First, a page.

Lastly, as you can see with my Turkey/Athens/Paris itinerary, I added a little background (normally just copied and pasted from Wikipedia) about each of the sites. I think this is very, very helpful when traveling, as a blue house in Mexico has less meaning when you don’t know that the blue tiles were chosen by the Countess Del Valle de Orizaba in the 18th century to show off her family’s wealth (referencing the Casa de los Azulejos in Mexico City).

Final tip – add blank pages at the back to take notes!

6printitineraryI always print and bind my itinerary, as it serves as a one-stop-shop for travel guidance.  In one bound book, you’ll have your passport, flight and accommodation information, as well as maps and day-by-day plans. I have always just taken my document on a USB memory stick to Kinkos and have them print and bind it (normally around $15). Worth every penny!

So now it’s my turn to ask you – how do you plan your trips? I love hearing other people’s tips and tricks. If you are totally overwhelmed by the whole trip planning process, I have a solution: hire me. I would absolutely love to plan your trip (down to the minute!). No, seriously. Send me an email, and we can chat.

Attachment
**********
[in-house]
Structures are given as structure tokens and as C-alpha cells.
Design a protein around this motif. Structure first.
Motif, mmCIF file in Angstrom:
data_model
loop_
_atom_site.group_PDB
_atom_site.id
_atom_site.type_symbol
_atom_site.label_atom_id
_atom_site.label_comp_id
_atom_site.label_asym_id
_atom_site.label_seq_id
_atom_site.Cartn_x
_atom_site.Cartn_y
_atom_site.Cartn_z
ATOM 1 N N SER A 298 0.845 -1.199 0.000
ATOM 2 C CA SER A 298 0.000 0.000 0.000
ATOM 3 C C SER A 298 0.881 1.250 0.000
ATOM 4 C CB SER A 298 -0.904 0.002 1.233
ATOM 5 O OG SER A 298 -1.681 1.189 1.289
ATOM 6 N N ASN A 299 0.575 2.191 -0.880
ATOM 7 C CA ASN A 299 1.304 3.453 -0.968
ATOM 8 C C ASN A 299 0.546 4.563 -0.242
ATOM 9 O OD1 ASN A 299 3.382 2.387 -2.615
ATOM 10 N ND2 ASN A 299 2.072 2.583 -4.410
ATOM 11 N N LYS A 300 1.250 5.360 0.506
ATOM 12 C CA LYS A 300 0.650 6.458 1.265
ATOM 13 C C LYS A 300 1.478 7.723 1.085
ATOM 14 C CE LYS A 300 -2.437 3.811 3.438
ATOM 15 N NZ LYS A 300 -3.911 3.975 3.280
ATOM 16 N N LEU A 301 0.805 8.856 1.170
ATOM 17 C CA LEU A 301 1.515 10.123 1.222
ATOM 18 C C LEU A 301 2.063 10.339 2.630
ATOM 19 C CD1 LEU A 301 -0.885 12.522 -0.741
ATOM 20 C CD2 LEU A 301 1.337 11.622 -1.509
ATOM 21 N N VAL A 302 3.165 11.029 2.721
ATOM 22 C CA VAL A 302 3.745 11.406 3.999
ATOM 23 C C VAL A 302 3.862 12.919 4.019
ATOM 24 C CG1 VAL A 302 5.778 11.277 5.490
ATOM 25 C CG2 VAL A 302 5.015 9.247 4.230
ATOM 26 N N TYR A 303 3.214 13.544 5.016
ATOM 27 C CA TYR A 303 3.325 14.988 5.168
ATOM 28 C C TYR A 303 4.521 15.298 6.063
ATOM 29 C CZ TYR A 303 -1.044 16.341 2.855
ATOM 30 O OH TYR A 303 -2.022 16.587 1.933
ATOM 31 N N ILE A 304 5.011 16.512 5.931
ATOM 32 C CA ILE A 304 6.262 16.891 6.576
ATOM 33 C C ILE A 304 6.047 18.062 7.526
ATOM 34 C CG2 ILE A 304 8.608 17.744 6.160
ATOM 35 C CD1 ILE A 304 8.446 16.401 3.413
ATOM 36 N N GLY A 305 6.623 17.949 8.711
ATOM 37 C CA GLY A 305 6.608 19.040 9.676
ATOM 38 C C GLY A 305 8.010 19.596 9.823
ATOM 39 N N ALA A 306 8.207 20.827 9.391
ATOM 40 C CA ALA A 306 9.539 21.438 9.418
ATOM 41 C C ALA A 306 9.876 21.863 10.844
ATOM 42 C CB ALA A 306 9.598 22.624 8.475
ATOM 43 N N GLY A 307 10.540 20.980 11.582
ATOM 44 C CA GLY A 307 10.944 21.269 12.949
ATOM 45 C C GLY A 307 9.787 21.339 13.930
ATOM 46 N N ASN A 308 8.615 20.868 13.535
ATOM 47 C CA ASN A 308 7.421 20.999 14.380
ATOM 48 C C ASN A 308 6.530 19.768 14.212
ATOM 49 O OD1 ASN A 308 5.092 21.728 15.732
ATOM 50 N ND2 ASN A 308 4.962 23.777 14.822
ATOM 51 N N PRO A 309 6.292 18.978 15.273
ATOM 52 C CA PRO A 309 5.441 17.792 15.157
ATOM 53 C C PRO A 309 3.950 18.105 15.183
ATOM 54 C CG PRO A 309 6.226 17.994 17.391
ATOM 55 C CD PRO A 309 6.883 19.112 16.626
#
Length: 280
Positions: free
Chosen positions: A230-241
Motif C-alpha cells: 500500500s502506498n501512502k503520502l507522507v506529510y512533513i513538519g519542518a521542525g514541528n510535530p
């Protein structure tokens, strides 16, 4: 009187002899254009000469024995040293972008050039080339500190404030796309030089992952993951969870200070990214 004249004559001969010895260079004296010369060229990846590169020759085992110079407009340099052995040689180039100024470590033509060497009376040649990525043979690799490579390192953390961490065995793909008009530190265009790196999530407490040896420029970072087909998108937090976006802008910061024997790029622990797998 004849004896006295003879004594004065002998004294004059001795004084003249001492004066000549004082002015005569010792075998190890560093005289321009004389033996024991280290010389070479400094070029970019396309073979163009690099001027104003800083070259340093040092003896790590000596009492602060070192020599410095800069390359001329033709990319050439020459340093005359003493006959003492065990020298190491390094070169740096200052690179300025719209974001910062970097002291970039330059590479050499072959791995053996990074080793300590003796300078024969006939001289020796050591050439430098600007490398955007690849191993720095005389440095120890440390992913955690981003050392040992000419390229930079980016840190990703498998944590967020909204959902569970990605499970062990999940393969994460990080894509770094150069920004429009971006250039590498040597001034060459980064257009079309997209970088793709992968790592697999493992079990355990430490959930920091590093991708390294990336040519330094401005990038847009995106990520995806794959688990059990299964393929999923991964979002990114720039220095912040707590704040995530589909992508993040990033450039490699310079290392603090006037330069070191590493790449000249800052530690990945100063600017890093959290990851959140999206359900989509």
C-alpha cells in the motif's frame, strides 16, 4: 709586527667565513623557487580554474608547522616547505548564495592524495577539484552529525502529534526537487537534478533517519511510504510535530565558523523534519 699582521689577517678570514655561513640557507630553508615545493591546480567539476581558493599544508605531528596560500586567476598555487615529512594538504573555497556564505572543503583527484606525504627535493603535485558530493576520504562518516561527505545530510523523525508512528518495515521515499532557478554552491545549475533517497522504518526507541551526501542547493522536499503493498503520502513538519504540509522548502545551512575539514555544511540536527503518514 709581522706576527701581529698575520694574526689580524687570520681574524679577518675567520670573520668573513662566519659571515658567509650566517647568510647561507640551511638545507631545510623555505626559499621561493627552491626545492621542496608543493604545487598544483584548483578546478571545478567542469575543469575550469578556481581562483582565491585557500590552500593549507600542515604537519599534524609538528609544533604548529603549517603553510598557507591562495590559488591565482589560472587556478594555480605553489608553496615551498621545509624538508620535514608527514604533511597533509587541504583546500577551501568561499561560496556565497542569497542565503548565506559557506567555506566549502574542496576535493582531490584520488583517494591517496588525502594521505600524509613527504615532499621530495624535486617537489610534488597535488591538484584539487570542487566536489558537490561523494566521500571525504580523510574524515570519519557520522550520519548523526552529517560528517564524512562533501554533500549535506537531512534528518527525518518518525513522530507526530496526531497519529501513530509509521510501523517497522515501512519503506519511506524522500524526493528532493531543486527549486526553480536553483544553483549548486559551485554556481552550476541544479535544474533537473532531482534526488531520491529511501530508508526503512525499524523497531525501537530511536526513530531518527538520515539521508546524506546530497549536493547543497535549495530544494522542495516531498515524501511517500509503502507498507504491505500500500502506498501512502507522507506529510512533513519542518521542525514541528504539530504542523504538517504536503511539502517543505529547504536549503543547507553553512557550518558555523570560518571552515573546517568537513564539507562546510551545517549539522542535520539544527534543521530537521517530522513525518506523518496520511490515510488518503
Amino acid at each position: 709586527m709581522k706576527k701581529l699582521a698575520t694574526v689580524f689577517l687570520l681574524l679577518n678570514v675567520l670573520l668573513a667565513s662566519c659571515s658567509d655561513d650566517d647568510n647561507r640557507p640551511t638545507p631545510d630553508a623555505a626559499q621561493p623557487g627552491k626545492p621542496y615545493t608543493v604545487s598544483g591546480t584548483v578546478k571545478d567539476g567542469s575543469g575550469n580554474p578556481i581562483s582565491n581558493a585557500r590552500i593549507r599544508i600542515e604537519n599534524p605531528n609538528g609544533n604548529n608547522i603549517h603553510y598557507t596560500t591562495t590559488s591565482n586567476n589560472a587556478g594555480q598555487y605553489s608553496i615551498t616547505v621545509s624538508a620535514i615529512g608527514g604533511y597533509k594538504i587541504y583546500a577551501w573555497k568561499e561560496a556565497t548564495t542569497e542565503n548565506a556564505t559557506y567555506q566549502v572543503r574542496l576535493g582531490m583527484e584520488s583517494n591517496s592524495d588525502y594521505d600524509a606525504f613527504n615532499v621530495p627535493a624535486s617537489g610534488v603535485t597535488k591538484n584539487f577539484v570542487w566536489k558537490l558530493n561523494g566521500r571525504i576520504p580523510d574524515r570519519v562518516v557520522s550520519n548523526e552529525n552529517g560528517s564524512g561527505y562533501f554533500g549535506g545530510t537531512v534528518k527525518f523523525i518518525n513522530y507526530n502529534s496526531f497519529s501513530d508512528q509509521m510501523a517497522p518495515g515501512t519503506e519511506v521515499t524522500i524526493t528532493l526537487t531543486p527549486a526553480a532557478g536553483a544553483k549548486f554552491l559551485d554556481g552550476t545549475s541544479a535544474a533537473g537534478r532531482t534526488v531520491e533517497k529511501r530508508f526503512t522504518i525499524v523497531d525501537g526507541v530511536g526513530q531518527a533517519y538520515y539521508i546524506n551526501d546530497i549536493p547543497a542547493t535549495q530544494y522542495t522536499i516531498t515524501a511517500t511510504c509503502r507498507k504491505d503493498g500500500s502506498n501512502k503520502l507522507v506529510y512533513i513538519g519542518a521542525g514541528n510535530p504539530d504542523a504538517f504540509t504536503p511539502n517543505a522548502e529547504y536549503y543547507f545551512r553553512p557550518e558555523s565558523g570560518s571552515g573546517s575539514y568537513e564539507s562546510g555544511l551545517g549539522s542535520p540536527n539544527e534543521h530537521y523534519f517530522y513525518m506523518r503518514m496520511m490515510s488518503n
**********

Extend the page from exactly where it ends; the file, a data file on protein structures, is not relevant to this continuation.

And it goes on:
See all of my travel guides here, or click on any of the cities below!

Athens, Corinth, Olympia and Nafplio, Greece

Bali, Indonesia

Istanbul, Turkey

Mexico City, Mexico

Paris, France

Austin, Texas

Durango, Colorado

Chicago, Illinois

Houston, Texas

New York City, New York

San Francisco, California

California Wine Country (Napa, Sonoma, Calistoga, St-Helena, Yountville)

Washington, DC

 All photos except for the header and second photo (taken last year in Bali!) are from Entouriste. As I said earlier, you need to check the site out.


  1. I want to have you as my travel buddy, Ailee. You’re so organized!

    P.S. Still working on that travel diary from a recent trip abroad. Progress: 7% Hahaha!

    • AileePetrovic Reply

      I would love to travel with you, Jae!! 7% is better than 0%!! Keep going – cannot wait to read it!

  2. What a great post! I didn’t know about some of those planning sites – so fun.
    I can’t believe you’re going to Paris and St. Petersburg! Jealous. V. jealous.

  3. Wow! So detailed and helpful! Have you ever used Skyscanner.com to search for flights? It’s my latest go-to tool.

  4. girl, this is IMPRESSIVE. i am never this organized. i am definitely fall into the ‘wander lackadaisically’ category. i do like to read guide books ahead of time and always bring them with me – i’m a hard copy person too. you have some great tips!